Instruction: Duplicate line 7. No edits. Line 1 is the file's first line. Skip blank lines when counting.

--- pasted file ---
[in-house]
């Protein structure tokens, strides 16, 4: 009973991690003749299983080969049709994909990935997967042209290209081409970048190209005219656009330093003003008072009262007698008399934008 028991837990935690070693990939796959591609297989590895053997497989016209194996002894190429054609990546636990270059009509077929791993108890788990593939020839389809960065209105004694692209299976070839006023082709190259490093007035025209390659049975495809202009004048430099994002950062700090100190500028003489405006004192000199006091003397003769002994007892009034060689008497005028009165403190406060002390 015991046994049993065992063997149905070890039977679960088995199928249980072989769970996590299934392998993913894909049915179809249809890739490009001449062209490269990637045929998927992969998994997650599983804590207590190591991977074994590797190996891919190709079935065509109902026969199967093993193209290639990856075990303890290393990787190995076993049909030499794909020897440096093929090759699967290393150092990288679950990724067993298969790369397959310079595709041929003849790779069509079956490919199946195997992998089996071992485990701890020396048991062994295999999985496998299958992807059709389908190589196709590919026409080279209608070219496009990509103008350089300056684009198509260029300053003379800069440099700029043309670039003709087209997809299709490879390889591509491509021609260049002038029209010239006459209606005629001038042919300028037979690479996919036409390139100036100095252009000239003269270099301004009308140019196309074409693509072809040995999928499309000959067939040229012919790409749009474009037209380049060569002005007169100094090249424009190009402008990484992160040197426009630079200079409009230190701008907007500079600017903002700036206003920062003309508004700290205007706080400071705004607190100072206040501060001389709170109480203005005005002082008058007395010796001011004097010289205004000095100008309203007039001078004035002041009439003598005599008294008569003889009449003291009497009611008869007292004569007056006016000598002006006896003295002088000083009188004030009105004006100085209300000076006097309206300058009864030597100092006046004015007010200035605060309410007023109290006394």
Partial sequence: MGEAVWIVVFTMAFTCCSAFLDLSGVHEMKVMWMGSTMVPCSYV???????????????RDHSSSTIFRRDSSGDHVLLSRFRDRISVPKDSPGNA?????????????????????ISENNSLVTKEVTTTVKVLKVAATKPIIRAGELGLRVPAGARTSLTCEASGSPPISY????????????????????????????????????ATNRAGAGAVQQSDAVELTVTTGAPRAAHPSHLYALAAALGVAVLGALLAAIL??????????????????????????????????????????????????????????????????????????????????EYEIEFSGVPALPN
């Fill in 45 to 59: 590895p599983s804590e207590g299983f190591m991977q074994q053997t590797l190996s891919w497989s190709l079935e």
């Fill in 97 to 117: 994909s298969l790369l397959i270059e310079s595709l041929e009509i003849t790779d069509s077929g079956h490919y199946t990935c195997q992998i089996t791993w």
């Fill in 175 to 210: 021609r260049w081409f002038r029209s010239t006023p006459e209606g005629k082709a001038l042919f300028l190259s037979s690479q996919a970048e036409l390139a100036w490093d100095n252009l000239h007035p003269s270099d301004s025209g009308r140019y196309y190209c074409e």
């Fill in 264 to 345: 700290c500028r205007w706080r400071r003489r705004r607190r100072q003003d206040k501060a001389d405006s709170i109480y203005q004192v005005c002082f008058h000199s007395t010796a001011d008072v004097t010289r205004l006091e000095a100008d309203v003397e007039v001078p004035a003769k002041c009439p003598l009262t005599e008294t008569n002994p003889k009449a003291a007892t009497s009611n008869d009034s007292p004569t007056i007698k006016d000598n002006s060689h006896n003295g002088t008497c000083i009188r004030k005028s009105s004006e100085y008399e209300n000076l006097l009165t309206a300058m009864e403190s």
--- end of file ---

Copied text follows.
């Fill in 264 to 345: 700290c500028r205007w706080r400071r003489r705004r607190r100072q003003d206040k501060a001389d405006s709170i109480y203005q004192v005005c002082f008058h000199s007395t010796a001011d008072v004097t010289r205004l006091e000095a100008d309203v003397e007039v001078p004035a003769k002041c009439p003598l009262t005599e008294t008569n002994p003889k009449a003291a007892t009497s009611n008869d009034s007292p004569t007056i007698k006016d000598n002006s060689h006896n003295g002088t008497c000083i009188r004030k005028s009105s004006e100085y008399e209300n000076l006097l009165t309206a300058m009864e403190s």